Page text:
Chronic Obstructive Pulmonary Disease (COPD)

Treatment of exacerbations

Treatment of an exacerbation of COPD involves adding extra medicines temporarily to your usual treatment. This is usually steroid tablets with or without antibiotics. These medicines are usually taken until your symptoms settle down to what is normal for you. If you have frequent flare-ups then your doctor may advise on a self-management plan. This is a written plan of action agreed by you and your doctor on what to do as soon as possible after a flare-up starts to develop. For example, you may be given advice on how to increase the dose of your inhalers when needed. You may also be given some steroid tablets and/or antibiotics to have on standby so that you can start these as soon as possible when a flare-up first develops. You will also be told when you need to seek medical attention – for example if you are concerned that you are not responding to treatment.

Steroid tablets

A short course of steroid tablets called (prednisolone) is sometimes prescribed if you have a bad flare-up of wheeze and breathlessness (often during a chest infection). Steroids help by reducing the extra inflammation in the airways which is caused by infections. Steroid tablets are usually taken once per day, often for between 5 to 14 days. Depending on the strength of the tablet, you might need to take 20-60 mg as a single daily dose. If your symptoms improve quickly, your doctor may tell you to stop taking the steroids at the end of the week. If your problems are more severe, the steroid tablets may be tailed off over several days or weeks. Occasionally, some patients take steroid tablets long-term. This is not always advised as there can be serious side-effects. 

Some important side-effects of steroids include osteoporosis (thinning of the bones due to reduced bone density), bleeding in the stomach (gastrointestinal bleeds), a lowering of the immune system (immunosuppression) – making infections more common, weight gain (and a condition called Cushing’s syndrome), and a lowering of the body’s natural ability to make certain hormones (adrenal suppression). If you need to have steroid tablets long-term, you will usually be given some medicines to protect your bones and prevent osteoporosis.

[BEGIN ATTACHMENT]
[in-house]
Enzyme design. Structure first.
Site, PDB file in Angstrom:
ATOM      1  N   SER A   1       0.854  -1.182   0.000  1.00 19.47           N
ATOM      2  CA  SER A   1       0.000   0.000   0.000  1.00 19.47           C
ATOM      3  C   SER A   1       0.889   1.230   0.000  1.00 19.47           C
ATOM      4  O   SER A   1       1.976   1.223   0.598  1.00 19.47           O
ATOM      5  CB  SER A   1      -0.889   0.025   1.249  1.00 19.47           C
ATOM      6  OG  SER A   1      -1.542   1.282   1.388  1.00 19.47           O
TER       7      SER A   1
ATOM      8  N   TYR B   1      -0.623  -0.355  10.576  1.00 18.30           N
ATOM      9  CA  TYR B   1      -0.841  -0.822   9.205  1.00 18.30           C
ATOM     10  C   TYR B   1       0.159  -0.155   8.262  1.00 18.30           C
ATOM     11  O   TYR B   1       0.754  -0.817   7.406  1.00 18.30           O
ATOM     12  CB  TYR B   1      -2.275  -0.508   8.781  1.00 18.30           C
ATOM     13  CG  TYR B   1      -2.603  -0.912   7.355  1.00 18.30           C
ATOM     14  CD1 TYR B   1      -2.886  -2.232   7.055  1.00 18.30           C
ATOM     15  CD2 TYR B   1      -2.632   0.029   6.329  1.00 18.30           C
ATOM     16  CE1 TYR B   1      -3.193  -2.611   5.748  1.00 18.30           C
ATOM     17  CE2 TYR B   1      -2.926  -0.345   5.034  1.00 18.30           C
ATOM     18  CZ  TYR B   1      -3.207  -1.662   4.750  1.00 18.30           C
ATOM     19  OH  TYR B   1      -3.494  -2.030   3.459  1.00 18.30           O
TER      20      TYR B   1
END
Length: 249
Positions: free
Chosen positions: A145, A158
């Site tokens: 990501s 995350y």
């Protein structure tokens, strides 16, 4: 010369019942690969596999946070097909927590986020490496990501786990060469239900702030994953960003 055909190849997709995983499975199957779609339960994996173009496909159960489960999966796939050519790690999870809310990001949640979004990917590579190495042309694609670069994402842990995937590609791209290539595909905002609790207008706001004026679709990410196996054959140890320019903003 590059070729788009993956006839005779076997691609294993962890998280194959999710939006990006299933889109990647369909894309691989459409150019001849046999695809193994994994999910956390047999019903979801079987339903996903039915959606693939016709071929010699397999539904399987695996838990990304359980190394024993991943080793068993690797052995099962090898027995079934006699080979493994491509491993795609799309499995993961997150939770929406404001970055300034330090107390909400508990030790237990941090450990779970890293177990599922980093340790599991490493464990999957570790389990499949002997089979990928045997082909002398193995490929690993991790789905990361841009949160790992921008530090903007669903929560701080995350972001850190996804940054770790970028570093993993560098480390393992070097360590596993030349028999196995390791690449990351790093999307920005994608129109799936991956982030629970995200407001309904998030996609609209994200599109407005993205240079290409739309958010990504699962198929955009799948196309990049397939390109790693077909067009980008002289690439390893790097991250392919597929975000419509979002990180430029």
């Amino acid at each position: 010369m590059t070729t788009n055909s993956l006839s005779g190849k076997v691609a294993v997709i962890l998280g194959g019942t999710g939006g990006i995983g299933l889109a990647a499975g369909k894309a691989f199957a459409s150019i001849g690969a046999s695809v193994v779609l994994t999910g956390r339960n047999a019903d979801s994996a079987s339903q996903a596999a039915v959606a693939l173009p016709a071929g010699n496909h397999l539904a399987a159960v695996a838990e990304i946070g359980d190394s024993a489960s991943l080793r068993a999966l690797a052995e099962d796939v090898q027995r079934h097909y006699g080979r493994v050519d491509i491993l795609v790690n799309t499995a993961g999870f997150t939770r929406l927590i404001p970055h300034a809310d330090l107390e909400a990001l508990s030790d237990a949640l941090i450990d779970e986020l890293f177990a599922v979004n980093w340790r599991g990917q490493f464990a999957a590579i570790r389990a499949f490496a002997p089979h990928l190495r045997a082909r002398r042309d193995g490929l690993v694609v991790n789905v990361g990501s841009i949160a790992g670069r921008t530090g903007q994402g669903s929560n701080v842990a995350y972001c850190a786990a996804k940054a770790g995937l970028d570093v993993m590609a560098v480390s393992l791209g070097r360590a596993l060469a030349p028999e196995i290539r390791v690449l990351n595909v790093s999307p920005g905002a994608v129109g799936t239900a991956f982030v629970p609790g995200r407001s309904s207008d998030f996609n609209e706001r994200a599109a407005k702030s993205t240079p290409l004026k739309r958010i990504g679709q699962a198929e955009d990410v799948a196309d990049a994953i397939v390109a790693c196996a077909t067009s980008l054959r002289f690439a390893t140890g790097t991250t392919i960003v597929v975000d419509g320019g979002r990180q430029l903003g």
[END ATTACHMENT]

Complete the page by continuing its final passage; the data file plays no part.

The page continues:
Antibiotics

A short course of antibiotics is commonly prescribed if you have a chest infection, or if you have a flare-up of symptoms which may be triggered by a chest infection.

Admission to hospital

If your symptoms are very severe, or if treatments for an exacerbation are not working well enough, you may need to be admitted to hospital. In hospital you can be monitored more closely. Often the same drugs are given to you but at higher doses or in a different form. Tests such as a chest X-ray or blood tests to measure how much oxygen there is in your blood (arterial blood gases) can be performed. Chest physiotherapy can be started to help you clear secretions (mucus) from your chest by coughing and suction machines. If you are very breathless it may be impossible to use your inhaler. Nebulisers are machines that turn the bronchodilator medicines into a fine mist, like an aerosol. You breathe this in with a face mask or a mouth piece. Nebulisers are no more effective than normal inhalers but they are useful in people who are very fatigued (tired) with their breathing. You may need oxygen to help you breathe. Sometimes a special machine called bi-level positive airway pressure (BiPAP) or continuous positive airway pressure (CPAP) is used to help you breathe. This is called noninvasive ventilation (NIV). It consists of a close-fitting facemask and drives oxygen into your lungs, forcing the airways open. It can make you feel a bit claustrophobic and it is quite noisy. In very severe cases, you might need more help with breathing, in an intensive care unit (ICU). A tube can be put into your windpipe and connected to a ventilator (a machine that ‘breathes’ for you). If you have severe underlying COPD (rather than just a severe exacerbation of COPD), this is not always the best option. 
About 2-4 patients in 100 admitted to hospital because of their COPD will die due to that illness. Between 1in 10 and 1 in 4 people admitted to ICU with severe COPD die.

End-stage chronic obstructive pulmonary disease

Palliative care